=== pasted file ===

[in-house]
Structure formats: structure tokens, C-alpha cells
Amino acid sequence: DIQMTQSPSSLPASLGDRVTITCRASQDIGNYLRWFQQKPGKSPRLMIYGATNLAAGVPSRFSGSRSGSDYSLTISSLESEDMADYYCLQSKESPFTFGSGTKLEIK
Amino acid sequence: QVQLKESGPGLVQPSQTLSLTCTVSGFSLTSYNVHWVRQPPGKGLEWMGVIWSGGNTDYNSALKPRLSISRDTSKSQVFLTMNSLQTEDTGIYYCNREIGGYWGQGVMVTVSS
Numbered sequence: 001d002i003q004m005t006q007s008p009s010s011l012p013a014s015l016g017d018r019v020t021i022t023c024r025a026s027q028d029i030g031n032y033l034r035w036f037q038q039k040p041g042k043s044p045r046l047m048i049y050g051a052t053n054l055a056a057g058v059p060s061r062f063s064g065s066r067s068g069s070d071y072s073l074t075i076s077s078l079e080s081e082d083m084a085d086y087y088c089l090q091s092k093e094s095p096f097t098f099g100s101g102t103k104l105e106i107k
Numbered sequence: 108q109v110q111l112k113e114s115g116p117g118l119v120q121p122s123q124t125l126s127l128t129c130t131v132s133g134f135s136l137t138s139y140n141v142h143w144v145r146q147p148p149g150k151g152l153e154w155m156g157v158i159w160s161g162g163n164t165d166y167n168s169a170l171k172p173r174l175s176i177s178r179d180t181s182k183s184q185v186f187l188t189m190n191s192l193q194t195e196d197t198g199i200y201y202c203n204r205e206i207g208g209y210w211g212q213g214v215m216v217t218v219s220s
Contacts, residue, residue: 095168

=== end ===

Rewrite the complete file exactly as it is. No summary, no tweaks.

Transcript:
[in-house]
Structure formats: structure tokens, C-alpha cells
Amino acid sequence: DIQMTQSPSSLPASLGDRVTITCRASQDIGNYLRWFQQKPGKSPRLMIYGATNLAAGVPSRFSGSRSGSDYSLTISSLESEDMADYYCLQSKESPFTFGSGTKLEIK
Amino acid sequence: QVQLKESGPGLVQPSQTLSLTCTVSGFSLTSYNVHWVRQPPGKGLEWMGVIWSGGNTDYNSALKPRLSISRDTSKSQVFLTMNSLQTEDTGIYYCNREIGGYWGQGVMVTVSS
Numbered sequence: 001d002i003q004m005t006q007s008p009s010s011l012p013a014s015l016g017d018r019v020t021i022t023c024r025a026s027q028d029i030g031n032y033l034r035w036f037q038q039k040p041g042k043s044p045r046l047m048i049y050g051a052t053n054l055a056a057g058v059p060s061r062f063s064g065s066r067s068g069s070d071y072s073l074t075i076s077s078l079e080s081e082d083m084a085d086y087y088c089l090q091s092k093e094s095p096f097t098f099g100s101g102t103k104l105e106i107k
Numbered sequence: 108q109v110q111l112k113e114s115g116p117g118l119v120q121p122s123q124t125l126s127l128t129c130t131v132s133g134f135s136l137t138s139y140n141v142h143w144v145r146q147p148p149g150k151g152l153e154w155m156g157v158i159w160s161g162g163n164t165d166y167n168s169a170l171k172p173r174l175s176i177s178r179d180t181s182k183s184q185v186f187l188t189m190n191s192l193q194t195e196d197t198g199i200y201y202c203n204r205e206i207g208g209y210w211g212q213g214v215m216v217t218v219s220s
Contacts, residue, residue: 095168